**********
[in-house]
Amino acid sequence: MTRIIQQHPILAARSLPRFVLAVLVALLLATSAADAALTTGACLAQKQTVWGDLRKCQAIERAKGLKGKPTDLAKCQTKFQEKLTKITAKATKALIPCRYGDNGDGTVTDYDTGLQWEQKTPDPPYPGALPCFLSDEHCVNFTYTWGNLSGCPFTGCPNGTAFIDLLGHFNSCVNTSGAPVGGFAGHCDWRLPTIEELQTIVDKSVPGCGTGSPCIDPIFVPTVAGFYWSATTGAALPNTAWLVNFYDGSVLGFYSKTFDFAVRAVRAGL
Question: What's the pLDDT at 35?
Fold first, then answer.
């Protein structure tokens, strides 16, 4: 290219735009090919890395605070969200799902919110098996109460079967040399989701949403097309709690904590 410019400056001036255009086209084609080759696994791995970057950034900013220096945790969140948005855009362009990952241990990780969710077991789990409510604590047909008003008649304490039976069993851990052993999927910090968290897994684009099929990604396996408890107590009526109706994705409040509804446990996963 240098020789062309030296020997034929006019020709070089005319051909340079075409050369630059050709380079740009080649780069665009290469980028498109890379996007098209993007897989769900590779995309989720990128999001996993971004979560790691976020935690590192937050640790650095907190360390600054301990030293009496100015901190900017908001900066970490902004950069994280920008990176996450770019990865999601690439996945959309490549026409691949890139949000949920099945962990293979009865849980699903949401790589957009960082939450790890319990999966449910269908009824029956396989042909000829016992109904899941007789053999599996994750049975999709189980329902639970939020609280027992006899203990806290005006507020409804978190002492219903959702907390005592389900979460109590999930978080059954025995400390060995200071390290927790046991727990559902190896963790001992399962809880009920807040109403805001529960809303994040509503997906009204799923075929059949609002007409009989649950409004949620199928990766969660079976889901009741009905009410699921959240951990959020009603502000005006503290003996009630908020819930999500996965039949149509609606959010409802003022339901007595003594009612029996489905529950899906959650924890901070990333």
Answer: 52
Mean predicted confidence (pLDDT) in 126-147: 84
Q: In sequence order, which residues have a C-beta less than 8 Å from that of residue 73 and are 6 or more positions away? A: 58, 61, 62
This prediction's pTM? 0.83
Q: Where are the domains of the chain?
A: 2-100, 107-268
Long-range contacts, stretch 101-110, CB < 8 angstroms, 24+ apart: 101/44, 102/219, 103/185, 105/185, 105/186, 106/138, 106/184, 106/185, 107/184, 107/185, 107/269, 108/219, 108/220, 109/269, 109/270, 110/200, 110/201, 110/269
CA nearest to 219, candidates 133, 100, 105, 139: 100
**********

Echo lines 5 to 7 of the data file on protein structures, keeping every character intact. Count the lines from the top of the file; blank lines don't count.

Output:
């Protein structure tokens, strides 16, 4: 290219735009090919890395605070969200799902919110098996109460079967040399989701949403097309709690904590 410019400056001036255009086209084609080759696994791995970057950034900013220096945790969140948005855009362009990952241990990780969710077991789990409510604590047909008003008649304490039976069993851990052993999927910090968290897994684009099929990604396996408890107590009526109706994705409040509804446990996963 240098020789062309030296020997034929006019020709070089005319051909340079075409050369630059050709380079740009080649780069665009290469980028498109890379996007098209993007897989769900590779995309989720990128999001996993971004979560790691976020935690590192937050640790650095907190360390600054301990030293009496100015901190900017908001900066970490902004950069994280920008990176996450770019990865999601690439996945959309490549026409691949890139949000949920099945962990293979009865849980699903949401790589957009960082939450790890319990999966449910269908009824029956396989042909000829016992109904899941007789053999599996994750049975999709189980329902639970939020609280027992006899203990806290005006507020409804978190002492219903959702907390005592389900979460109590999930978080059954025995400390060995200071390290927790046991727990559902190896963790001992399962809880009920807040109403805001529960809303994040509503997906009204799923075929059949609002007409009989649950409004949620199928990766969660079976889901009741009905009410699921959240951990959020009603502000005006503290003996009630908020819930999500996965039949149509609606959010409802003022339901007595003594009612029996489905529950899906959650924890901070990333």
Answer: 52
Mean predicted confidence (pLDDT) in 126-147: 84